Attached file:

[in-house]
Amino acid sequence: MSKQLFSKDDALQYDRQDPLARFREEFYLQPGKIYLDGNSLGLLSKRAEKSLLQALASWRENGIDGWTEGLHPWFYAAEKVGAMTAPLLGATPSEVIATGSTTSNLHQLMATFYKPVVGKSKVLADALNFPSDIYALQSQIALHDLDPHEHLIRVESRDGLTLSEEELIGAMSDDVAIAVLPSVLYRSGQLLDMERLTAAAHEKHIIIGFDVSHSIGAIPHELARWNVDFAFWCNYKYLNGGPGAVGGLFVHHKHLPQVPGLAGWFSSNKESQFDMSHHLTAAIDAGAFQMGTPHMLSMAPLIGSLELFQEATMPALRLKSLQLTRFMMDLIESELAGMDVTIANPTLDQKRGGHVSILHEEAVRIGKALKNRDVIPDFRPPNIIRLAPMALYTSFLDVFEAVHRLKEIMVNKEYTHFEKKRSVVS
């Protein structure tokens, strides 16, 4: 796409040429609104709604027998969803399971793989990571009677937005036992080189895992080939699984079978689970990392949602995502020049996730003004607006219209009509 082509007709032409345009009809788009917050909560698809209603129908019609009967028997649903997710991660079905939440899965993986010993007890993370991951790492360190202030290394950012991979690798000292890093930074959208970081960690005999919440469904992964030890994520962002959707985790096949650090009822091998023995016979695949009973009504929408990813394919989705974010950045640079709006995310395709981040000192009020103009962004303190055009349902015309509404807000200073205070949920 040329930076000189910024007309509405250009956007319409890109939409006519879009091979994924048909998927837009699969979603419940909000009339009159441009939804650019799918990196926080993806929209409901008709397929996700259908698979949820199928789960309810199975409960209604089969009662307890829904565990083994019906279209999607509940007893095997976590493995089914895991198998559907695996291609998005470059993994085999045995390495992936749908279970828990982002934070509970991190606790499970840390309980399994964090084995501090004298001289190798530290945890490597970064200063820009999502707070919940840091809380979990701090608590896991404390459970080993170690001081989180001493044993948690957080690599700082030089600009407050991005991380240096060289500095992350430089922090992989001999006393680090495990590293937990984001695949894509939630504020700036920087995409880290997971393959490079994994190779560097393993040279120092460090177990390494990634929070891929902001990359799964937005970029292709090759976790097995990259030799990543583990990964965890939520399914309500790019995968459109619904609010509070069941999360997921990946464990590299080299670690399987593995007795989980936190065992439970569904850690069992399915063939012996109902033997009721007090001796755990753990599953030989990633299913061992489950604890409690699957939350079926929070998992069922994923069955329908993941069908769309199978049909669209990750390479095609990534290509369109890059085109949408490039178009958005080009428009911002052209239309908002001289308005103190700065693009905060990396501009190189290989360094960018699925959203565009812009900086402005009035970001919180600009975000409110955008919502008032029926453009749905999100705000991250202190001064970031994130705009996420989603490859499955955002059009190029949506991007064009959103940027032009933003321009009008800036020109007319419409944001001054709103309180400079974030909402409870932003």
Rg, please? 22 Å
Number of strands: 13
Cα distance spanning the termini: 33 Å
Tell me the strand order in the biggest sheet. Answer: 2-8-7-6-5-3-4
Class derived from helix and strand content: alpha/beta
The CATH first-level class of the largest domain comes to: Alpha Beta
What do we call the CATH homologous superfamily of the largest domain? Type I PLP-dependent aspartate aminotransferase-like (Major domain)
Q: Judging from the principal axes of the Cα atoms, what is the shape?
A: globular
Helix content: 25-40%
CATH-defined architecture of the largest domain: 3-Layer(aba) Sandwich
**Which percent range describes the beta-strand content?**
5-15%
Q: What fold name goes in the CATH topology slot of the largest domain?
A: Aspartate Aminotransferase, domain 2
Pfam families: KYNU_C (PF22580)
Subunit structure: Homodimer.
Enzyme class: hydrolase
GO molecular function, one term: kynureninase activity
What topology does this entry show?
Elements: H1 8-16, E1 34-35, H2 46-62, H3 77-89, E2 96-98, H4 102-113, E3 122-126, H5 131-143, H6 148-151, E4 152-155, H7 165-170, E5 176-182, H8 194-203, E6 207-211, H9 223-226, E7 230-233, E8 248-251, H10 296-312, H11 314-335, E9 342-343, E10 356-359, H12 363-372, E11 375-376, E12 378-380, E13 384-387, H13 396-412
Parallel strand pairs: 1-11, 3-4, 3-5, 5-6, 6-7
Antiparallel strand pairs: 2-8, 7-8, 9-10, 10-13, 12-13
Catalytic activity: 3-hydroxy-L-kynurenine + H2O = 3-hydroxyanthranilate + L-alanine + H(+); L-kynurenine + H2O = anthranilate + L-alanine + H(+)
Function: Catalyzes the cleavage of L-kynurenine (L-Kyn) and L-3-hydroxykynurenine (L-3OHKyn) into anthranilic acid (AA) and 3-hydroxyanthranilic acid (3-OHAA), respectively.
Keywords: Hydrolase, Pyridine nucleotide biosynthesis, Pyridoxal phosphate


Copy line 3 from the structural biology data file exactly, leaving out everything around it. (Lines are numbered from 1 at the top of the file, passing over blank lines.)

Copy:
């Protein structure tokens, strides 16, 4: 796409040429609104709604027998969803399971793989990571009677937005036992080189895992080939699984079978689970990392949602995502020049996730003004607006219209009509 082509007709032409345009009809788009917050909560698809209603129908019609009967028997649903997710991660079905939440899965993986010993007890993370991951790492360190202030290394950012991979690798000292890093930074959208970081960690005999919440469904992964030890994520962002959707985790096949650090009822091998023995016979695949009973009504929408990813394919989705974010950045640079709006995310395709981040000192009020103009962004303190055009349902015309509404807000200073205070949920 040329930076000189910024007309509405250009956007319409890109939409006519879009091979994924048909998927837009699969979603419940909000009339009159441009939804650019799918990196926080993806929209409901008709397929996700259908698979949820199928789960309810199975409960209604089969009662307890829904565990083994019906279209999607509940007893095997976590493995089914895991198998559907695996291609998005470059993994085999045995390495992936749908279970828990982002934070509970991190606790499970840390309980399994964090084995501090004298001289190798530290945890490597970064200063820009999502707070919940840091809380979990701090608590896991404390459970080993170690001081989180001493044993948690957080690599700082030089600009407050991005991380240096060289500095992350430089922090992989001999006393680090495990590293937990984001695949894509939630504020700036920087995409880290997971393959490079994994190779560097393993040279120092460090177990390494990634929070891929902001990359799964937005970029292709090759976790097995990259030799990543583990990964965890939520399914309500790019995968459109619904609010509070069941999360997921990946464990590299080299670690399987593995007795989980936190065992439970569904850690069992399915063939012996109902033997009721007090001796755990753990599953030989990633299913061992489950604890409690699957939350079926929070998992069922994923069955329908993941069908769309199978049909669209990750390479095609990534290509369109890059085109949408490039178009958005080009428009911002052209239309908002001289308005103190700065693009905060990396501009190189290989360094960018699925959203565009812009900086402005009035970001919180600009975000409110955008919502008032029926453009749905999100705000991250202190001064970031994130705009996420989603490859499955955002059009190029949506991007064009959103940027032009933003321009009008800036020109007319419409944001001054709103309180400079974030909402409870932003």